Preventing Swine Flu
The single best way to prevent seasonal flu is to get vaccinated each year, but vaccination against the seasonal flu does not protect against H1N1 (swine flu). The H1N1 vaccine was made available in the fall of 2009. People with the highest risk of contracting the disease are recommended to get vaccinated first.
Target groups include pregnant women, people who live with or care for children younger than 6 months of age, healthcare and emergency medical services personnel, persons between the ages of 6 months and 24 years old, and people ages of 25 through 64 years of age who are at a higher risk for H1N1 because of chronic health disorders or compromised immune systems.
Production and distribution of the vaccine continues. In the meanwhile, good health habits like covering your cough and washing your hands often can still help stop the spread of germs and prevent respiratory illnesses like the swine flu.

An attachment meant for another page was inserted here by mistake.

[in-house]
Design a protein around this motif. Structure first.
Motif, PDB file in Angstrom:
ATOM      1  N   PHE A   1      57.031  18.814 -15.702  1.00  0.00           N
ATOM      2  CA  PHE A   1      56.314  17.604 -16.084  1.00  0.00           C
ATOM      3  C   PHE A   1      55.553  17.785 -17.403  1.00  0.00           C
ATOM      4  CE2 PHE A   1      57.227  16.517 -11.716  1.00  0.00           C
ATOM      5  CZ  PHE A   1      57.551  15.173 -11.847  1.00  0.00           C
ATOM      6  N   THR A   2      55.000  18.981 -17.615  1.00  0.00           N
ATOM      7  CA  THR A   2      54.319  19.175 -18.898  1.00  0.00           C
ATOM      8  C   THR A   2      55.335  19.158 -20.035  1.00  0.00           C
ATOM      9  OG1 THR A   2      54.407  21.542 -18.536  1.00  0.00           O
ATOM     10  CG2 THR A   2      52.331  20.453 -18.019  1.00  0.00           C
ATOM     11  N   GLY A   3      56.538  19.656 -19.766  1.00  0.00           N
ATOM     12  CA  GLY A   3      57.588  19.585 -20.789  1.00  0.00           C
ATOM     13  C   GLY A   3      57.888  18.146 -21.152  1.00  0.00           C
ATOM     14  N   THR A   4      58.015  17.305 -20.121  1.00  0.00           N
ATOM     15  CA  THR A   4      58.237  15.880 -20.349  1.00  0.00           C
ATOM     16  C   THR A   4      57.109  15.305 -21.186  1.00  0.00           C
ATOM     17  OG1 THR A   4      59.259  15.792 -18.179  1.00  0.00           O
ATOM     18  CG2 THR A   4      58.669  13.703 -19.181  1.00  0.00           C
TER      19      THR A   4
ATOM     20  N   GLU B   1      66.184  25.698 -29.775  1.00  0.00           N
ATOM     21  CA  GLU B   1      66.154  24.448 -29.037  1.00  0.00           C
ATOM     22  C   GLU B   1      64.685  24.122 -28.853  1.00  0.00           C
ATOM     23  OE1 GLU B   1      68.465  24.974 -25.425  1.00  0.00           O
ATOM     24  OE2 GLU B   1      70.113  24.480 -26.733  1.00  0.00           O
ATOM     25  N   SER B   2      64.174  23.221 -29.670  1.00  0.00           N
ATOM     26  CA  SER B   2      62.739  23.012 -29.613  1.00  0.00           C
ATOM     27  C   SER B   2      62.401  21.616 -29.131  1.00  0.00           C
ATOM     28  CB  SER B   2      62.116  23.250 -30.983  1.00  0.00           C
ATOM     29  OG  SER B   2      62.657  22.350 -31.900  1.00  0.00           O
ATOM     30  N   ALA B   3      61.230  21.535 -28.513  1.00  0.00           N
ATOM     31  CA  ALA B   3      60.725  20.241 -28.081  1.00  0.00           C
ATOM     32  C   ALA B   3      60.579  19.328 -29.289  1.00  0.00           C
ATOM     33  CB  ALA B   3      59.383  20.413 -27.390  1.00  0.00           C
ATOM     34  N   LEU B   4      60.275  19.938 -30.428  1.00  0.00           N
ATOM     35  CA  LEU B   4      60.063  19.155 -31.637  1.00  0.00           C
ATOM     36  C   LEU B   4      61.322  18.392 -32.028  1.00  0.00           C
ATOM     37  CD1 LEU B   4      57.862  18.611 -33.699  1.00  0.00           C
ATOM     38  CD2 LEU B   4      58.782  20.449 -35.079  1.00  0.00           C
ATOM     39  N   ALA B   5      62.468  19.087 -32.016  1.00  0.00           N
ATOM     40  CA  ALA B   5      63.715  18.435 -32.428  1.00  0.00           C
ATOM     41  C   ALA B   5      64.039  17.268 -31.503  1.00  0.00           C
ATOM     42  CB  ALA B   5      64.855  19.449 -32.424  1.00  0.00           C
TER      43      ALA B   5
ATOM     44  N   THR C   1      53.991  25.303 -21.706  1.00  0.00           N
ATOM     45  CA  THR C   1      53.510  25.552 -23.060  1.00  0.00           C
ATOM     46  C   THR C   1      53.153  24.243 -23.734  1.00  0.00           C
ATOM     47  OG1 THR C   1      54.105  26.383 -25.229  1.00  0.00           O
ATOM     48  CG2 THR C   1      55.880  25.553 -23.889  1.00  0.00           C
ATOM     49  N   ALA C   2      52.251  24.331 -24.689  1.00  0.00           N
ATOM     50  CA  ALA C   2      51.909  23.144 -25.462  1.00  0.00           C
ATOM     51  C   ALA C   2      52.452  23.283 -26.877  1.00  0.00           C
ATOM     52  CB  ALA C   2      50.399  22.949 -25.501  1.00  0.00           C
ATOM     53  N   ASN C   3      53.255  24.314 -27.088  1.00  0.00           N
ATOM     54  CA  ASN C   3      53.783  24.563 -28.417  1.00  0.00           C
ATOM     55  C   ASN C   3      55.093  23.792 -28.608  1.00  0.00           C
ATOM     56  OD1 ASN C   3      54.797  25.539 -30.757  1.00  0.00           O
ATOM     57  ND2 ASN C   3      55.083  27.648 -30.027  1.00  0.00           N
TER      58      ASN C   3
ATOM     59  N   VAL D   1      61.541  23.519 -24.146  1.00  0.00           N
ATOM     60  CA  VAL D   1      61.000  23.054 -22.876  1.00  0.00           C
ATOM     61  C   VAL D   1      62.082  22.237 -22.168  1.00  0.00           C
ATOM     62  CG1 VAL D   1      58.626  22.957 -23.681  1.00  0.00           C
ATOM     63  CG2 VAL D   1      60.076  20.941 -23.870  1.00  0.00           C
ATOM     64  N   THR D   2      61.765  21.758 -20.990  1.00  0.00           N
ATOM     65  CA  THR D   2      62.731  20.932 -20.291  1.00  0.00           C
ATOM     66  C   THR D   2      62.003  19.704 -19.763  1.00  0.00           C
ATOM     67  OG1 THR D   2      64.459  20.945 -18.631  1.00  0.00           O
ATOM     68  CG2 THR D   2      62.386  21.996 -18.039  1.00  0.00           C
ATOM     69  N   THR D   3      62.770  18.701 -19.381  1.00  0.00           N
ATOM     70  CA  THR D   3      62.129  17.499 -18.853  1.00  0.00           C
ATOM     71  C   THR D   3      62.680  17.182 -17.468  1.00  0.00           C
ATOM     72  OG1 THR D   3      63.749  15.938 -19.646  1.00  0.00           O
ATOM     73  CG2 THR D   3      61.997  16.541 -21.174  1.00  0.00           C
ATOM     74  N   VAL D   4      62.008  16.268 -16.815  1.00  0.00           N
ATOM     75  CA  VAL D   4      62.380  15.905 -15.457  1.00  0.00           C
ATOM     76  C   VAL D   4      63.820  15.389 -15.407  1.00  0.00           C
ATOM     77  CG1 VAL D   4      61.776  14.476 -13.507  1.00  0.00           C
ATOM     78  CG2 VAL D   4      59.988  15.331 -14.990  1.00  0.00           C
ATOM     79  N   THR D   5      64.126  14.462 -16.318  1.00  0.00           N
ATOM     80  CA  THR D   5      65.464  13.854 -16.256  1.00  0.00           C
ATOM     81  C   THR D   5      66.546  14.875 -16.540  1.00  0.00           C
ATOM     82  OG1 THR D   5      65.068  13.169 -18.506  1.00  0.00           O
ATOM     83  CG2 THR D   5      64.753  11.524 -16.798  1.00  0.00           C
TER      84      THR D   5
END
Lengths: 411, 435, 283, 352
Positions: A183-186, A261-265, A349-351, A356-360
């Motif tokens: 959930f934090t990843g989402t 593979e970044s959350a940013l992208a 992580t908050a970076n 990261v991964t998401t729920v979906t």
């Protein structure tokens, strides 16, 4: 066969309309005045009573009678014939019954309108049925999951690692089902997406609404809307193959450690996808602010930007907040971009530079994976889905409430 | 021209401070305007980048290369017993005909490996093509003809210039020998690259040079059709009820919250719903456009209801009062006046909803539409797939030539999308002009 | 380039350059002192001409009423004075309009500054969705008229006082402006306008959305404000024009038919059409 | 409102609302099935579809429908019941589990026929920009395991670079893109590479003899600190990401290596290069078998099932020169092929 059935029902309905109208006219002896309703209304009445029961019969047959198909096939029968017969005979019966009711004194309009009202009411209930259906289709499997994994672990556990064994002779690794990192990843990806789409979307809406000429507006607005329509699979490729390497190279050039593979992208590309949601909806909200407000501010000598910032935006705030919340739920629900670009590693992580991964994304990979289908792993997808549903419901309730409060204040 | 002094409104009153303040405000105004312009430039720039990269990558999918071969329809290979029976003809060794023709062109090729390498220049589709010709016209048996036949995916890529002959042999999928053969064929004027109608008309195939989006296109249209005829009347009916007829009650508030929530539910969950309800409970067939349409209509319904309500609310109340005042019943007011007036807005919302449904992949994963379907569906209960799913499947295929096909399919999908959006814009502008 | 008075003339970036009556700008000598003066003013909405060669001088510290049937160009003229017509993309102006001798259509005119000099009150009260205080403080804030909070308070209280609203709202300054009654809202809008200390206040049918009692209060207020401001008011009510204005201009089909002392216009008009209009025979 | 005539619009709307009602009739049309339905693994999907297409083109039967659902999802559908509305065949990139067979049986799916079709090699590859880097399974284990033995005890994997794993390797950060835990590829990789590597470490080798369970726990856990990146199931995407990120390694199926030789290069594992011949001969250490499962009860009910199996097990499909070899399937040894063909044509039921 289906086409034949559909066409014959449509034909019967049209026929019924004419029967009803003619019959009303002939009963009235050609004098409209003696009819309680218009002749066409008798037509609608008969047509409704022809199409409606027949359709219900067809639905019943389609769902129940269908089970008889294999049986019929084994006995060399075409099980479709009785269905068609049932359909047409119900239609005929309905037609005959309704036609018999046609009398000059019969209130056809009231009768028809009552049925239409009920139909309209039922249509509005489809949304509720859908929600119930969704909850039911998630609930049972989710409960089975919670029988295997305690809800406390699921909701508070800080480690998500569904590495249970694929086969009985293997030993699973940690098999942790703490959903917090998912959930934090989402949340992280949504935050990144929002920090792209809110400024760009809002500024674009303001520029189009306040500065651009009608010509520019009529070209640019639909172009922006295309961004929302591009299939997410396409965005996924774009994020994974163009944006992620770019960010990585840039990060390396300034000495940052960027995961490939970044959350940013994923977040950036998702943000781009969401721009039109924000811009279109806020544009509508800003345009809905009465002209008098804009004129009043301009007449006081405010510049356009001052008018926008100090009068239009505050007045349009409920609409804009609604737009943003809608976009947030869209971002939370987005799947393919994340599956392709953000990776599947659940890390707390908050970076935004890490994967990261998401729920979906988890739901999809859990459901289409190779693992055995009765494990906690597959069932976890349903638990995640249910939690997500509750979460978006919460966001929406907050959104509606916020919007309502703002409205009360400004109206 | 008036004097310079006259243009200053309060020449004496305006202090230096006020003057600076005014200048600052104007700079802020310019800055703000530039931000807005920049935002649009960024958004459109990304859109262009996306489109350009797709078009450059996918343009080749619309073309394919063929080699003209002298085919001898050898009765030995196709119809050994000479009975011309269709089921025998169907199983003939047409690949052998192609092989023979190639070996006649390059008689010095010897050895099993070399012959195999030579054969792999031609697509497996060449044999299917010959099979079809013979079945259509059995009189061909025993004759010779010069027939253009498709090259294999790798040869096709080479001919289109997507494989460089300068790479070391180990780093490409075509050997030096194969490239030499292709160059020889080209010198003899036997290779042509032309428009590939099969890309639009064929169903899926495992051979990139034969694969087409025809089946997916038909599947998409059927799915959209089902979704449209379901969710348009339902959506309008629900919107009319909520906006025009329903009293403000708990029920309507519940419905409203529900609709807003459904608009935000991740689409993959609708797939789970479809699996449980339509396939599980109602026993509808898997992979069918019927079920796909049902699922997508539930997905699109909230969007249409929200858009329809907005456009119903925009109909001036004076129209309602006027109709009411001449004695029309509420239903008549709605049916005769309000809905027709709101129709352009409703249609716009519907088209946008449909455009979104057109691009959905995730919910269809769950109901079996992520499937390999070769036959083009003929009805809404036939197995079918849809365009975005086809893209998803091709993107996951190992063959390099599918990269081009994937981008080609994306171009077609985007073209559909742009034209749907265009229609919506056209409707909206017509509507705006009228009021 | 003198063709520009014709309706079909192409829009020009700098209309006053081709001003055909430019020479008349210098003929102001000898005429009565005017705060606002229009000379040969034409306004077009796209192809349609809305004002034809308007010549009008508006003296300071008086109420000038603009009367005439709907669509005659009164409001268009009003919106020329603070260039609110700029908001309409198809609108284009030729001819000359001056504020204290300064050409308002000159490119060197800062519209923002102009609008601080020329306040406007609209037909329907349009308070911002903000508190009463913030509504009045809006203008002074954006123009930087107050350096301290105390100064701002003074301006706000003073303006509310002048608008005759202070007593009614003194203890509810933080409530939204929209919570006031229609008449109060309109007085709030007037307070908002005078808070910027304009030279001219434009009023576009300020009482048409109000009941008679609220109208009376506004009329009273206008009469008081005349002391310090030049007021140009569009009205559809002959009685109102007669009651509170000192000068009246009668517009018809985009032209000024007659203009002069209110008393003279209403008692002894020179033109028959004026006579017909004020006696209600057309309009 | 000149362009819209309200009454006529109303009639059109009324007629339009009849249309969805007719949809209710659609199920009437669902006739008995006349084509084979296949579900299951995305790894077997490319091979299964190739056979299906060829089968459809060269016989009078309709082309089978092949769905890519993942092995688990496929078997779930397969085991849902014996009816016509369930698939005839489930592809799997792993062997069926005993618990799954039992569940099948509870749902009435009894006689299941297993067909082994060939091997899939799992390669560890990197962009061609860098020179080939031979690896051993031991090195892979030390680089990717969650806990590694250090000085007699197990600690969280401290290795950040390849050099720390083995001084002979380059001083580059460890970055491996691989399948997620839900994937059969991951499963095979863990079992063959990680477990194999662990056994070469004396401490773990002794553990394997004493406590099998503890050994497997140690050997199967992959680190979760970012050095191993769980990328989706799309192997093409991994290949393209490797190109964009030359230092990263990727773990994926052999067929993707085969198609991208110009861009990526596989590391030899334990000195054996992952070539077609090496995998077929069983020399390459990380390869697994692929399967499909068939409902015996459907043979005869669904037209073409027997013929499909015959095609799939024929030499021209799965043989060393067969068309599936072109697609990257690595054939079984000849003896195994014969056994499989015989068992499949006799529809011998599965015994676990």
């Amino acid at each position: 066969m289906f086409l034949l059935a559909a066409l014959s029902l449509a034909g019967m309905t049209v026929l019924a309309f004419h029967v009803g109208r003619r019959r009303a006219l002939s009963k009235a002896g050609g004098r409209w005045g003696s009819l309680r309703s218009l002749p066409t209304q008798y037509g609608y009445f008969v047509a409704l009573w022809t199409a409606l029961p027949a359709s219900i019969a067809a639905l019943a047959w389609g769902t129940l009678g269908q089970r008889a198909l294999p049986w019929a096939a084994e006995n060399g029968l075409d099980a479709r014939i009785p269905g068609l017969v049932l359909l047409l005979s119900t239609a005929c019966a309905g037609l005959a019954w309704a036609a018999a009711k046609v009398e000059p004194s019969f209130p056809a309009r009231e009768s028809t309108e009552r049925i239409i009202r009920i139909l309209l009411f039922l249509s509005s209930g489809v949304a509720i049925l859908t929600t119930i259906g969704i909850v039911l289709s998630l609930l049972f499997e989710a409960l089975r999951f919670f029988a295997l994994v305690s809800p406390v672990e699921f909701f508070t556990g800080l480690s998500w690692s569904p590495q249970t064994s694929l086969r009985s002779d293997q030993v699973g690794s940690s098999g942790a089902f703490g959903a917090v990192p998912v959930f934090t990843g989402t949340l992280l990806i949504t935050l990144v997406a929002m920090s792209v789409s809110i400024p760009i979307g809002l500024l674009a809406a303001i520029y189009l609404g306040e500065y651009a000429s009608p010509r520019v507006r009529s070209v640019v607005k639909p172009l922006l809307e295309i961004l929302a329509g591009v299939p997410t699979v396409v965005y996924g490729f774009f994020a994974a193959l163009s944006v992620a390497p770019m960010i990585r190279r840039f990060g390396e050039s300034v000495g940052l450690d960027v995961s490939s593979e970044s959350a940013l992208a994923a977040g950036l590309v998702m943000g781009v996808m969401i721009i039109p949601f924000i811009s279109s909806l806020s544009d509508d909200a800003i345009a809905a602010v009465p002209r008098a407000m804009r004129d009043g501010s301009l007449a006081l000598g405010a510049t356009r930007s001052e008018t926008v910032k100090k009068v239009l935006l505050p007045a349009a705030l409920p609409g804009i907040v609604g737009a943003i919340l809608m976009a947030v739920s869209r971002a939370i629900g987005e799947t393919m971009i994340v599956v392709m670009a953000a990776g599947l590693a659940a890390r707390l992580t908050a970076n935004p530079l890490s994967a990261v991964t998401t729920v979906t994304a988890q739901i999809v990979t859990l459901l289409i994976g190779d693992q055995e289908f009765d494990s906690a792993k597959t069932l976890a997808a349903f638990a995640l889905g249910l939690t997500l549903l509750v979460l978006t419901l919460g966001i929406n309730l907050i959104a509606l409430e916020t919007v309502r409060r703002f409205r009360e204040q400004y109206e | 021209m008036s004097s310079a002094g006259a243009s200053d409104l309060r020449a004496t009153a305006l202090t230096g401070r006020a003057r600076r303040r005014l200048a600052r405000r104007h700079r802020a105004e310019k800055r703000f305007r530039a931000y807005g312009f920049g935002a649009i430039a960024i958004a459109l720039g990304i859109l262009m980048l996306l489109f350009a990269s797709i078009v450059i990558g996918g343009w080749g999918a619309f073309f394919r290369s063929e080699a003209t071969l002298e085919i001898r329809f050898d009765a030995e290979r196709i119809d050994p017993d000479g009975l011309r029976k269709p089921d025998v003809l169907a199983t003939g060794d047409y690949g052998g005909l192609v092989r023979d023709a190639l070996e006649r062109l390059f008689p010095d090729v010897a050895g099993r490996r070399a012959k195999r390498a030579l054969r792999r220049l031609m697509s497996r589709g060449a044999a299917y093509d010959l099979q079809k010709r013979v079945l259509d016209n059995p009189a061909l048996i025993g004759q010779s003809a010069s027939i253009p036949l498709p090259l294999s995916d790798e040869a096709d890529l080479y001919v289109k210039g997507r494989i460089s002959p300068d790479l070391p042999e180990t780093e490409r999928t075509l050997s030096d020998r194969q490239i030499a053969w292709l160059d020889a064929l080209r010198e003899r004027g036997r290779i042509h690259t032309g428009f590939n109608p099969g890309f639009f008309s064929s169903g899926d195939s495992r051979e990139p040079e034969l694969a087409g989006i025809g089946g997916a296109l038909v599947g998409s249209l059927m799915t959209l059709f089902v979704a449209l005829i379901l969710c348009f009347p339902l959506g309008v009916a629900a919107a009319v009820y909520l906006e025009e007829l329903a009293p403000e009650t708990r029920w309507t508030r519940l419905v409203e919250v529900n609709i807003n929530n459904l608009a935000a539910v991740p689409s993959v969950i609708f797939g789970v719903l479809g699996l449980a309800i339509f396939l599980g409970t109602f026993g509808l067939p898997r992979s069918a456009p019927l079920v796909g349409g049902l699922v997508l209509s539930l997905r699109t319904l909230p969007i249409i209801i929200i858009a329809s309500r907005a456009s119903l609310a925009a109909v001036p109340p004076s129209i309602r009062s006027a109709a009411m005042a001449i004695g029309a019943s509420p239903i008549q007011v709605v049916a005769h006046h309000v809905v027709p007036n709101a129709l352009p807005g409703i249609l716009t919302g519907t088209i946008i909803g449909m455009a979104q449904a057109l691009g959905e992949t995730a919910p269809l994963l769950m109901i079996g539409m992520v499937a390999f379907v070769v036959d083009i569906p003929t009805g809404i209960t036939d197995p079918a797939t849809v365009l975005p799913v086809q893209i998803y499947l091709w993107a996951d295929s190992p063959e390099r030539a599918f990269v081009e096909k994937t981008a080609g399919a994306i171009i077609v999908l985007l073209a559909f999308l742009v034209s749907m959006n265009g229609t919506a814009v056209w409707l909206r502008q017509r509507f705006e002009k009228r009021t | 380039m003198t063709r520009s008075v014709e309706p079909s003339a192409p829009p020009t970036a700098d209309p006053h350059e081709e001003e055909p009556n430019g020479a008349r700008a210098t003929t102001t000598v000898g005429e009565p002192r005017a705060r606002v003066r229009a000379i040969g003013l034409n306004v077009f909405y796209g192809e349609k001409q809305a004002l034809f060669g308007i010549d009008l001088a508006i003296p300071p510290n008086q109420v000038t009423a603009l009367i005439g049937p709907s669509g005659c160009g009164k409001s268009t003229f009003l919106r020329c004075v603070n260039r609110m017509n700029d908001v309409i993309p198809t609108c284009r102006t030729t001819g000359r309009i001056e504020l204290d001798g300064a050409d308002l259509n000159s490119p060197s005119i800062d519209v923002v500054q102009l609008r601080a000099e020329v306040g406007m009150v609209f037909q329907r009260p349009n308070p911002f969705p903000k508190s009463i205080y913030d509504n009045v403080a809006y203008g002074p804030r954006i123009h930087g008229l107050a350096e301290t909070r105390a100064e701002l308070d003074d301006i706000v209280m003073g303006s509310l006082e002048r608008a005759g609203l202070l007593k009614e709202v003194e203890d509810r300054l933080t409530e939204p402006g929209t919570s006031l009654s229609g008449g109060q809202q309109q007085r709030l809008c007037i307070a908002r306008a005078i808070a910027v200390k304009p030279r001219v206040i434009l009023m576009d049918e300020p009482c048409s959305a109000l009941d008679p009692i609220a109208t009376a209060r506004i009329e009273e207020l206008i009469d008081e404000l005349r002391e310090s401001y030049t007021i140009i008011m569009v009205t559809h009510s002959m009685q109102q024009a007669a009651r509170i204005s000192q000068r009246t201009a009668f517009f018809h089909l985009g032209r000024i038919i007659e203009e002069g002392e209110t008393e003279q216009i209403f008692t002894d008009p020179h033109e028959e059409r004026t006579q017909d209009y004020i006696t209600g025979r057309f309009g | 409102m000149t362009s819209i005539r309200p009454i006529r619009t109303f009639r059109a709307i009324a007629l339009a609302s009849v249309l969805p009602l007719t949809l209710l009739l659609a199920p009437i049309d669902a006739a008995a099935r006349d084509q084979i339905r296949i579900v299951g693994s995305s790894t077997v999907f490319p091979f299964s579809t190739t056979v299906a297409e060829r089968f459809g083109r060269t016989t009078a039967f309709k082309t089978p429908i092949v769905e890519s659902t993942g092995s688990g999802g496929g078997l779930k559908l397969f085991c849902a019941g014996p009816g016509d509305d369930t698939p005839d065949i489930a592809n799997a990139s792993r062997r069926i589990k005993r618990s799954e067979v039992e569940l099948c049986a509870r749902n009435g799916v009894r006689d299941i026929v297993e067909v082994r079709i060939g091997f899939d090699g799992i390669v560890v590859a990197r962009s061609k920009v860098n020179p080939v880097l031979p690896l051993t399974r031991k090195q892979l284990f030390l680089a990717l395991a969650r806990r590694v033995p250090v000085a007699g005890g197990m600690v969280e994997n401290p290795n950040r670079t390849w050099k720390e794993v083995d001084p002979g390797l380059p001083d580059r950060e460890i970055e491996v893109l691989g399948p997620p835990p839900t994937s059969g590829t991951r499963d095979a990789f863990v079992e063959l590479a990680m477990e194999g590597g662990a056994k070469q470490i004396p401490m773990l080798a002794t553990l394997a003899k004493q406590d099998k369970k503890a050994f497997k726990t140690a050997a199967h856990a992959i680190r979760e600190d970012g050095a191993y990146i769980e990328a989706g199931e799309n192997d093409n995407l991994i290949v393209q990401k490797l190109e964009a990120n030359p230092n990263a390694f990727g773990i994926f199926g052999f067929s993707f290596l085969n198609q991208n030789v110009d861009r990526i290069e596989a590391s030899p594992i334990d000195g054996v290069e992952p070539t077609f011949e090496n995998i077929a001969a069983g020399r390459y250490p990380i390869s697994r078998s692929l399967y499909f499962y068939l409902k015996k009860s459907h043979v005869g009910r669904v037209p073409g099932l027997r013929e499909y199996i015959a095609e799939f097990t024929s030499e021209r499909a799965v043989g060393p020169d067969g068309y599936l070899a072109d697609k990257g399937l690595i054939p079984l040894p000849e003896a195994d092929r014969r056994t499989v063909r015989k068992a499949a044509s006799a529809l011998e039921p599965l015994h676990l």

Ranch Eggs Crispy French Fries Mushroom and Pepper Bake Tuna and Corn Pie Gazpacho Dressing Pot Roast With Black Bean Garlic Sauce Smoked Salmon Roses Cranberry Pear Tossed Salad Homemade Sweet Barbecue Sauce Crab Pizza
If you listen closely, you may hear the sound of 25 million Americans with diabetes rejoicing today. In a revolutionary movement, the FDA has given 510(k) approval on Abbott's HbA1C test which is expected to help millions of Americans with Type 1 or 2 diabetes or those at risk. Abbott's ARCHITECT Clinical Chemistry Hemoglobin A1C (HbA1C) test is a dramatic shift in diabetes diagnosis and monitoring. Instead of the HbA1C tests performed at a laboratory and constituted as blood work, the...